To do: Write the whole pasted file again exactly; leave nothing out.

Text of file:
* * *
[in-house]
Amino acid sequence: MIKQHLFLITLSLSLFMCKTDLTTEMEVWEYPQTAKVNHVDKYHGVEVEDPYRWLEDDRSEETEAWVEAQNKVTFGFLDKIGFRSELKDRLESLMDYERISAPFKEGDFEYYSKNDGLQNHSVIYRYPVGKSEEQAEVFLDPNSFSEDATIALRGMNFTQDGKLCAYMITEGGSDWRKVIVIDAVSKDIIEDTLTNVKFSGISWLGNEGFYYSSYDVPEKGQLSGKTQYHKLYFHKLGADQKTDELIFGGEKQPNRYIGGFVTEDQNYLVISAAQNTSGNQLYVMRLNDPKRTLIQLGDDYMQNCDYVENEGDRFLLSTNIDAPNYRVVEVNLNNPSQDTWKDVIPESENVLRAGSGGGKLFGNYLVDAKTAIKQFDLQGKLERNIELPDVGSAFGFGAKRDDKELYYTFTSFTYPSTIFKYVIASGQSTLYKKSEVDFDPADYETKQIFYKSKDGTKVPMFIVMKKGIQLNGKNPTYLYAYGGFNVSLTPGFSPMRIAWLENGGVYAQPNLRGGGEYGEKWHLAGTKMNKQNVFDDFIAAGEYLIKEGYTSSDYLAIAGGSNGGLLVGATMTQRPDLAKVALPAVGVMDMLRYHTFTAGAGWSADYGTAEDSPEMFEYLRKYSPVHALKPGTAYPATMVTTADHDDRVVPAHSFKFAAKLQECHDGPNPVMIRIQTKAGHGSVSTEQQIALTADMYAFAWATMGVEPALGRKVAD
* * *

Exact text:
[in-house]
Amino acid sequence: MIKQHLFLITLSLSLFMCKTDLTTEMEVWEYPQTAKVNHVDKYHGVEVEDPYRWLEDDRSEETEAWVEAQNKVTFGFLDKIGFRSELKDRLESLMDYERISAPFKEGDFEYYSKNDGLQNHSVIYRYPVGKSEEQAEVFLDPNSFSEDATIALRGMNFTQDGKLCAYMITEGGSDWRKVIVIDAVSKDIIEDTLTNVKFSGISWLGNEGFYYSSYDVPEKGQLSGKTQYHKLYFHKLGADQKTDELIFGGEKQPNRYIGGFVTEDQNYLVISAAQNTSGNQLYVMRLNDPKRTLIQLGDDYMQNCDYVENEGDRFLLSTNIDAPNYRVVEVNLNNPSQDTWKDVIPESENVLRAGSGGGKLFGNYLVDAKTAIKQFDLQGKLERNIELPDVGSAFGFGAKRDDKELYYTFTSFTYPSTIFKYVIASGQSTLYKKSEVDFDPADYETKQIFYKSKDGTKVPMFIVMKKGIQLNGKNPTYLYAYGGFNVSLTPGFSPMRIAWLENGGVYAQPNLRGGGEYGEKWHLAGTKMNKQNVFDDFIAAGEYLIKEGYTSSDYLAIAGGSNGGLLVGATMTQRPDLAKVALPAVGVMDMLRYHTFTAGAGWSADYGTAEDSPEMFEYLRKYSPVHALKPGTAYPATMVTTADHDDRVVPAHSFKFAAKLQECHDGPNPVMIRIQTKAGHGSVSTEQQIALTADMYAFAWATMGVEPALGRKVAD